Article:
Reformation Day: Justified by Faith
By Kelsey Flowers
Five hundred years ago today, a priest named Martin Luther made his way to the Castle Church in Wittenberg, Germany, and nailed a piece of paper containing 95 revolutionary theses to the door. This single act was a defining moment in Western history that would begin the Protestant Reformation.
The purpose of his theses was to call out the corruption in the Roman Catholic Church, particularly the papal practice of accepting payment, or indulgences, for the forgiveness of sins. Even though Prince Frederick III had done away with the sale of indulgences in Wittenberg, many church members traveled to buy them. [i] When they returned, they showed Luther their purchased pardons, believing they no longer had to repent of their sins.
Luther was a man of deep conviction, and his frustration with this practice led him to write the 95 Theses. The 21st item on the list says, “Thus those indulgence preachers are in error who say that a man is absolved from every penalty and saved by papal indulgences,” and the 23rd says, “If remission of all penalties whatsoever could be granted to anyone at all, certainly it would be granted only to the most perfect, that is, to very few.”[ii]
When asked the question, “Why should God allow you into Heaven?,” people often try to justify themselves through their actions, comparing their righteousness to the righteousness of others or hoping that on judgment day their good deeds will outweigh the bad. Unfortunately, people with this view struggle to find a satisfying answer to the troubling question, “How good is good enough?”
The reality is that, as Romans 3:10 says, “There is no one righteous, not even one.” Our best days are not enough to erase the bad things we have done, as we have fallen short of God’s perfect standard of righteousness and, as a result, we find ourselves separated from Him. Thankfully, God did not leave us without hope of being saved. We can find total assurance of salvation and rest in the gospel!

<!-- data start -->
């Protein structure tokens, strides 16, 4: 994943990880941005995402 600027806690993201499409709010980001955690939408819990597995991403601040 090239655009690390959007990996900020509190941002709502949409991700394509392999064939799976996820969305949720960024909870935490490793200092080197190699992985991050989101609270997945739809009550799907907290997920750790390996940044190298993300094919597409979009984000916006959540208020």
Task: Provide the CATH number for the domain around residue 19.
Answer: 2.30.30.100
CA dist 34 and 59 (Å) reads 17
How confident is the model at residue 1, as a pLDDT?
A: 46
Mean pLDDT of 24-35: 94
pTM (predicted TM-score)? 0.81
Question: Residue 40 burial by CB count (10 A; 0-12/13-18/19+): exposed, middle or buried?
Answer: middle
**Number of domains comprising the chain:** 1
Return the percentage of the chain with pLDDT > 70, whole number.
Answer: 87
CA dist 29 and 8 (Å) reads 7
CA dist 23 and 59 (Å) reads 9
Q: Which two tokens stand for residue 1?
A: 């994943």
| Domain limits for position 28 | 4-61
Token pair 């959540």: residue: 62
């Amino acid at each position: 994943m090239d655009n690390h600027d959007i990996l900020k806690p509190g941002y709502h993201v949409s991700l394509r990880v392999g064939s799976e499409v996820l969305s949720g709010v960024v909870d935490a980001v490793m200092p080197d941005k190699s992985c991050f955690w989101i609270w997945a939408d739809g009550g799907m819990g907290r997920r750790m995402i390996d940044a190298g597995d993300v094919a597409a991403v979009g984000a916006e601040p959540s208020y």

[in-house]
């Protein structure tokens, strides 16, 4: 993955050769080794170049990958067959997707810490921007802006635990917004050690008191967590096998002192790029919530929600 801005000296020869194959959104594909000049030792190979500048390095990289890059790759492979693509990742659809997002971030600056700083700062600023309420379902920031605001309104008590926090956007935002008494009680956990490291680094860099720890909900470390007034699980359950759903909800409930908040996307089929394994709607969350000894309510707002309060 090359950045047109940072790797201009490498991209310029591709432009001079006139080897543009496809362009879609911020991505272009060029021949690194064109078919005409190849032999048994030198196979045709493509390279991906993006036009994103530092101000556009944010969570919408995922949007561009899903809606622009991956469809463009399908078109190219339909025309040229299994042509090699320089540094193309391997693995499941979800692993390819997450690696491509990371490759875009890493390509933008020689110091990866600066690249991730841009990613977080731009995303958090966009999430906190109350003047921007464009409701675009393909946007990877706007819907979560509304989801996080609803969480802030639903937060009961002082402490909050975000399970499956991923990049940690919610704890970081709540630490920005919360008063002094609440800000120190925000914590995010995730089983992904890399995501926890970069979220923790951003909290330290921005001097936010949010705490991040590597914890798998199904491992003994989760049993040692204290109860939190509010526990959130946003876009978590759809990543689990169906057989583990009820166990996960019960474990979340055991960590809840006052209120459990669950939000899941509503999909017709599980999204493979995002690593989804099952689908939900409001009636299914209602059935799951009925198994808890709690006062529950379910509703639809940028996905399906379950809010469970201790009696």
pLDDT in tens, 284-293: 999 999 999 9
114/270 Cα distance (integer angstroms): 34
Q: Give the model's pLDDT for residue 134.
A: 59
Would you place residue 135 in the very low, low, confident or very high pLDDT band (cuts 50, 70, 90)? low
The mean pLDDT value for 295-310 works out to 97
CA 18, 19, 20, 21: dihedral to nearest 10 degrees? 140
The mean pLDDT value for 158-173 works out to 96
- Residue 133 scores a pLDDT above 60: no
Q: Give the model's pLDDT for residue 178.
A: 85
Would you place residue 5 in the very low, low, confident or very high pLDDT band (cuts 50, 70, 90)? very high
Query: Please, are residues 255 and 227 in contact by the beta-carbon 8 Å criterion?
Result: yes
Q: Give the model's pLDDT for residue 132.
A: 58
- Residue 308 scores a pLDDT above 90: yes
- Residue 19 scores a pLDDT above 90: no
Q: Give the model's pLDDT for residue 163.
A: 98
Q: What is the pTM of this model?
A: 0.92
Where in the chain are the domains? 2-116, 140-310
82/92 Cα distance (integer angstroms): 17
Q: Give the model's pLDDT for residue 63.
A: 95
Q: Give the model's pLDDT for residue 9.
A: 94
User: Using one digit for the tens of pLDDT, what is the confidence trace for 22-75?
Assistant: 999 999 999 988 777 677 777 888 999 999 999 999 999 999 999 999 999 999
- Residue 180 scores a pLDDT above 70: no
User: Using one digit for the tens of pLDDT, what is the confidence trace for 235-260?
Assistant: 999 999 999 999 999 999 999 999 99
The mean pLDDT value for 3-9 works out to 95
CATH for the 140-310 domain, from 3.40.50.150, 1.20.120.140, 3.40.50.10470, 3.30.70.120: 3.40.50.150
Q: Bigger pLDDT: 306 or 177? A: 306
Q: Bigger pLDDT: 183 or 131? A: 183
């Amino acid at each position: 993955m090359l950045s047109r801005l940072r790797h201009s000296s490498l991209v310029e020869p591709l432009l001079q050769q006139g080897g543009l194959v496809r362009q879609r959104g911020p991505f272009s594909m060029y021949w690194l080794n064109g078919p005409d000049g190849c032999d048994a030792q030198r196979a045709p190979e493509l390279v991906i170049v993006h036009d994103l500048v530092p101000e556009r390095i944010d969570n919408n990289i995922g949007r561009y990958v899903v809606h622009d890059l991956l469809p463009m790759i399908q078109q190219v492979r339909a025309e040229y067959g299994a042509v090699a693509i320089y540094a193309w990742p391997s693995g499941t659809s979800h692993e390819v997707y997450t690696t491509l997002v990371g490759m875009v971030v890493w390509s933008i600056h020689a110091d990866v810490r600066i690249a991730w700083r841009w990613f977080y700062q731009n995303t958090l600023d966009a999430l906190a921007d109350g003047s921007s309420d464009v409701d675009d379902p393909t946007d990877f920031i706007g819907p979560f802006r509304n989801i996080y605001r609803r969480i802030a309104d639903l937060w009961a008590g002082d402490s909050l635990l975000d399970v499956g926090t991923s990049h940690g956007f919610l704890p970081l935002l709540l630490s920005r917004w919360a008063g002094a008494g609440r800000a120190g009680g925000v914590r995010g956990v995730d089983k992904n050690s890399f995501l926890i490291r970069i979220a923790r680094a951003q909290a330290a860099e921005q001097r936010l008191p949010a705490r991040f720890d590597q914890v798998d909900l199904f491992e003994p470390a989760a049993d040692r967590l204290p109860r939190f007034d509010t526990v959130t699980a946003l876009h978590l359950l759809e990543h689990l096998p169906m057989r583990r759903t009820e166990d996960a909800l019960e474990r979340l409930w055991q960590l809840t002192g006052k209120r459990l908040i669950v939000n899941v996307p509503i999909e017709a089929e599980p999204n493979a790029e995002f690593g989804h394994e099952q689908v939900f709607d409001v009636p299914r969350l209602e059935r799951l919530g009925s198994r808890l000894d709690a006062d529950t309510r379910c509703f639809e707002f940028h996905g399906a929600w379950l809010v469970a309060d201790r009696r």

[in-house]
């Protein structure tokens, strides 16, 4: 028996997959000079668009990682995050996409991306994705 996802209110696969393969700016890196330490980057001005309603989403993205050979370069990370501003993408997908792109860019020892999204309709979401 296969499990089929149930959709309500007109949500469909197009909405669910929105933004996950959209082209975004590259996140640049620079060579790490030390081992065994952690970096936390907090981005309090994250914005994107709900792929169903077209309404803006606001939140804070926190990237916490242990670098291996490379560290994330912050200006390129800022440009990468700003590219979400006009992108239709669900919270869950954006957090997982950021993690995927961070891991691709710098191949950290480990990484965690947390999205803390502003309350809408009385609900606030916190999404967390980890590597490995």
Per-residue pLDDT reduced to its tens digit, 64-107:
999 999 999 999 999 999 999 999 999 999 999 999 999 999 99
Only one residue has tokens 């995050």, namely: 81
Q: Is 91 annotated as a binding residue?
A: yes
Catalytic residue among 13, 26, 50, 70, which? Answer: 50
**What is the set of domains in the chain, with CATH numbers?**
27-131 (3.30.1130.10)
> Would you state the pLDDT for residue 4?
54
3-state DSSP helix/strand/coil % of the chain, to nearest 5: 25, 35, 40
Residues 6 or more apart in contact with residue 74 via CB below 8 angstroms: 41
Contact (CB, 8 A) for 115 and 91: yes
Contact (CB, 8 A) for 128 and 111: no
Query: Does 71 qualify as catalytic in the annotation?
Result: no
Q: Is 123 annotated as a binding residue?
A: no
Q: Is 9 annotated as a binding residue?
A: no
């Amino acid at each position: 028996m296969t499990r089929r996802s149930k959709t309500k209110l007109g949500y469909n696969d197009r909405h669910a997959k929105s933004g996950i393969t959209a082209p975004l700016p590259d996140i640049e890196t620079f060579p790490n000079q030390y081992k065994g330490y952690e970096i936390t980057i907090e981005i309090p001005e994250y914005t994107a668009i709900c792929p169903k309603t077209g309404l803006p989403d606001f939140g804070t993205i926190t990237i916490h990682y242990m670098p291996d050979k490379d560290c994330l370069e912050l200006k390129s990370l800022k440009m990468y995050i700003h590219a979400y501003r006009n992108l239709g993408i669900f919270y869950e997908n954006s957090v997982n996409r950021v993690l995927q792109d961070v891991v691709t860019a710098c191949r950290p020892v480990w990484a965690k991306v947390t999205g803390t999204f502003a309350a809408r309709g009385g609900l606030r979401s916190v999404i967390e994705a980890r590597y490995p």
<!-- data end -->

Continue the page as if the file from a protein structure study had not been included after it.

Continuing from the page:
Justification before God comes only by faith in the work that Jesus Christ has done on our behalf. Romans 1:17, which held an important place in Luther’s conversion to Christianity, says, “For in the gospel the righteousness of God is revealed—a righteousness that is by faith from first to last, just as it is written: ‘The righteous will live by faith.’”
Even when we were spiritually dead in our sins and separated from God, in His great mercy, God sent His Son Jesus to live the perfect life we couldn’t live. Jesus took on Himself the punishment for our sins and the wrath of God, so that we could be made alive and reconciled to Him. Christ’s righteousness is credited to those who place their faith in Him. Because of this, when God looks at those who believe in what Jesus has done, He sees Christ’s righteousness and His just wrath is satisfied.
After nailing the 95 theses to the door of that church on October 31, 1517, Luther faced the threat of death, was labeled a heretic and was excommunicated from the Catholic Church for not recanting his statement. In spite of this intense opposition, he held his ground, and by the time he died in 1546, his revolutionary beliefs had formed the basis for the Protestant Reformation, which would revolutionize Western civilization over the next three centuries. October 31st is commemorated as Reformation Day, reminding Christians each year of the saving grace that comes through faith in Jesus Christ alone.
Each one of us has failed to meet God’s perfect standard of righteousness, and comparative righteousness is not enough to make up for our sins. The good news is that Christ’s imputed righteousness is all that we need for assurance of salvation and eternal security with God.
[i] “Martin Luther Posts 95 Theses.” History.com, A&E Television Networks, www.history.com/this-day-in-history/martin-luther-posts-95-theses.
[ii] Martin Luther’s 95 Theses, www.luther.de/en/95thesen.html.